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February 1, 2009 10:40 AM   Subscribe

I'm learning Python for fun and need ideas for neat programs to write.

I know the basic features of the language pretty well, including some of the trickier stuff like list comprehension, but I don't know the standard library very well.

So that you can gauge my current level, I'll have you know that the most sophisticated thing I've written so far is an implementation of the game Reversi (aka Othello), including a simple AI, for which I am currently writing a GUI in wxPython (I didn't like Tkinter).

Not interested in learning Django (yet).

I used the challenges in Project Euler for a while -- I solved the first 25 -- and it was fun while I was still mastering the semantics of Python. But I've grown tired of them: the problems are increasingly complex mathematically, but relatively easy to implement once one grasps the appropriate algorithm. I also dabbled with Python Challenge.
posted by limon to Computers & Internet (10 answers total) 44 users marked this as a favorite
 
PyGame is fun to play with, and the examples are helpful.
posted by SpecialK at 10:42 AM on February 1, 2009


Dave Thomson's Code Kata. Very practical real world problems to solve in bite sized chunks.
posted by fatbird at 10:51 AM on February 1, 2009 [1 favorite]


It's pretty fun to use the Obj. C bridge to write apps for OSX.
posted by plexi at 11:06 AM on February 1, 2009


A link would have been helpful.
posted by plexi at 11:07 AM on February 1, 2009


Play with genetic algorithms a little bit - they never cease to amaze me. Try to evolve a certain image, or solve some other tricky problem.

Use an algorithm based on ant colonies to solve a travelling salesman problem.
posted by chrisamiller at 11:58 AM on February 1, 2009


PyMOTW is great for learning standard libraries and Programming Collective Intelligence is a great book for getting started on some awesome ideas. All examples are in Python.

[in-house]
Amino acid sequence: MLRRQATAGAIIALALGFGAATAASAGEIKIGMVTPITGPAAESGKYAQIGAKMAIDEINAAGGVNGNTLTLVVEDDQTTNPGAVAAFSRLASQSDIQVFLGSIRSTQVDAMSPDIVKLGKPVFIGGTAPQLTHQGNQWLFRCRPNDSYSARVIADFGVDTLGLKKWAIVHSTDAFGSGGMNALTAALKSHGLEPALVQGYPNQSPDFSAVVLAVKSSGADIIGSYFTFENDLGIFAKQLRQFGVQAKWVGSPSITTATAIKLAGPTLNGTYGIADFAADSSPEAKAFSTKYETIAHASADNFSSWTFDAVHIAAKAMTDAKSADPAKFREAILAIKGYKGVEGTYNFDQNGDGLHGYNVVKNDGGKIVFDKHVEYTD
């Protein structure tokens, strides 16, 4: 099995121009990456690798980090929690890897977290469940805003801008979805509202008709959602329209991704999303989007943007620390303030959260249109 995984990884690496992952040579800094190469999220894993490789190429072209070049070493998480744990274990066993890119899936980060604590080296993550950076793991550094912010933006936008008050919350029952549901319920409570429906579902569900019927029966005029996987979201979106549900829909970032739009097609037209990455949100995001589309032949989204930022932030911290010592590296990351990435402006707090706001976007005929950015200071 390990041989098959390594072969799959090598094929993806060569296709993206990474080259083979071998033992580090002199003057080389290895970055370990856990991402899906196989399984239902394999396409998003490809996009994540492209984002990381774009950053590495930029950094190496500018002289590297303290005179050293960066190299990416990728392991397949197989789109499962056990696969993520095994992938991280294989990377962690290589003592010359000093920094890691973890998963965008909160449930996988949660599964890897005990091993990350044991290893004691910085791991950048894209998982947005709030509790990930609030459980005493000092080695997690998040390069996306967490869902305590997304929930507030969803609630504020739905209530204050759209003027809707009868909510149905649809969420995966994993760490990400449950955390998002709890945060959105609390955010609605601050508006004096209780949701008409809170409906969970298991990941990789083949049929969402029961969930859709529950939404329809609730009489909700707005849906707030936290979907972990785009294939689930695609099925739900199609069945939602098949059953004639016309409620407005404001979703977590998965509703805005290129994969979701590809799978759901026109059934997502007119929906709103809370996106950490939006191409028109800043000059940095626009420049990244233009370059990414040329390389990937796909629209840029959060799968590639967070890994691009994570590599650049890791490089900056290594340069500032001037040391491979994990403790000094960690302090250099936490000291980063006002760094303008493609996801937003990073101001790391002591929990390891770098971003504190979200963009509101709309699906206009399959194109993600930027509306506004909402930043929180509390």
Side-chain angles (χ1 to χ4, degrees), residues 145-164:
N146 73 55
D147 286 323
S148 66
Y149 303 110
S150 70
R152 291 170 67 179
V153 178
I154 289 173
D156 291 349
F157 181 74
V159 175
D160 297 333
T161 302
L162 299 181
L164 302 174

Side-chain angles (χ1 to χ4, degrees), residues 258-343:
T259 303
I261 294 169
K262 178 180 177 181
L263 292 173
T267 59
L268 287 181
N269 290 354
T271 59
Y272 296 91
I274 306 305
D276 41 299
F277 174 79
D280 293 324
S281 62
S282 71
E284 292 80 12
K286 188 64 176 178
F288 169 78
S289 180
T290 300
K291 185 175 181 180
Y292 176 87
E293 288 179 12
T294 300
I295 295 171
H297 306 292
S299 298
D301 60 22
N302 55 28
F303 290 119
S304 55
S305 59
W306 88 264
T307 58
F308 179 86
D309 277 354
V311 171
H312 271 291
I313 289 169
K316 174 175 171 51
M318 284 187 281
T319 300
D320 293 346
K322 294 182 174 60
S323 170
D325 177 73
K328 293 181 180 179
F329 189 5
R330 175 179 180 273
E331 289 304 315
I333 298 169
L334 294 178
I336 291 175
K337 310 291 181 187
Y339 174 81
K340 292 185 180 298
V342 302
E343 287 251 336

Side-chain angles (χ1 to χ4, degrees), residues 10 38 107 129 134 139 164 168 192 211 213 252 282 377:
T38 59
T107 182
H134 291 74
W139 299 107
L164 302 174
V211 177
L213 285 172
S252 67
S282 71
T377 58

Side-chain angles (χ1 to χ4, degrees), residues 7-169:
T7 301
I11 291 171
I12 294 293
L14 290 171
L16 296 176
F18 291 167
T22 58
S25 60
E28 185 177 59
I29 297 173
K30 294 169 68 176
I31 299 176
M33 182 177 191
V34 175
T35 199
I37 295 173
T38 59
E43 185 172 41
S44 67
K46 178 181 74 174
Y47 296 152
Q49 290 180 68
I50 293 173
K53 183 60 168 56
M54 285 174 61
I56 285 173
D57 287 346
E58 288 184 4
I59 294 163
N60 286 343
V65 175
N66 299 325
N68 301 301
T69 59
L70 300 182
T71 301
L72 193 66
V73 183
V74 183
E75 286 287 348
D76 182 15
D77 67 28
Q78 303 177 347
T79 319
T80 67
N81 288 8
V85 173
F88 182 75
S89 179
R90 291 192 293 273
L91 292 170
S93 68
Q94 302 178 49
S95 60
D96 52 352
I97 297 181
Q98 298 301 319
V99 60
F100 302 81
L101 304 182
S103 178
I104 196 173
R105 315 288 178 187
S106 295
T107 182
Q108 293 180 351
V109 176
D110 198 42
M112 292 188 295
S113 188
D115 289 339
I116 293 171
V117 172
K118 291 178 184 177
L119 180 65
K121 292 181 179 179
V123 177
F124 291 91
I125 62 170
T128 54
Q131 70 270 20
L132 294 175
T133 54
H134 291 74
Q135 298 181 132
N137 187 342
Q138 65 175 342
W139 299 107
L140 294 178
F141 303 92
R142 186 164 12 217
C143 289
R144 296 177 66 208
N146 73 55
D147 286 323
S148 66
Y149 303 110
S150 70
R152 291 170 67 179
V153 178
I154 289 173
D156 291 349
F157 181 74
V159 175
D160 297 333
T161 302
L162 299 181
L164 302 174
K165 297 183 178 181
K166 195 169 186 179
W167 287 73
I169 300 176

posted by swapspace at 1:18 PM on February 1, 2009


One of the most useful things to learn is to read files and manipulate data in them. If you have anything relevant to your life or your past projects in Excel or Matlab, try saving them as tabbed text files and do some 'data mining'. Log files can also be interesting. If the data contains natural language, at some point you'll need to learn regular expressions to find things. Regular expressions are un-pythonic, but very useful cross-language skill.

In any knowledge intensive work you'll meet tasks that need ripping information from many documents. It is good to have an intuition when the task could be automated with a clever python script.
posted by Free word order! at 2:08 PM on February 1, 2009


You can get up to speed on visual stuff in Python quickly with Nodebox. It is a sexy way to immediately begin creating visual works using Python, including full support for python imports and other stuff. Nodebox focuses on 2D, at least in my experience. I don't think there is native 3D support (but here's a quick example of a guy who created a 3DPoint class).
posted by zpousman at 2:25 PM on February 1, 2009


All the problems you could want.
posted by Zed at 4:17 PM on February 1, 2009


I asked a similar question a while back relating to python and puzzles, maybe you'll find something that appeals to you, too.
posted by cowbellemoo at 7:56 PM on February 1, 2009


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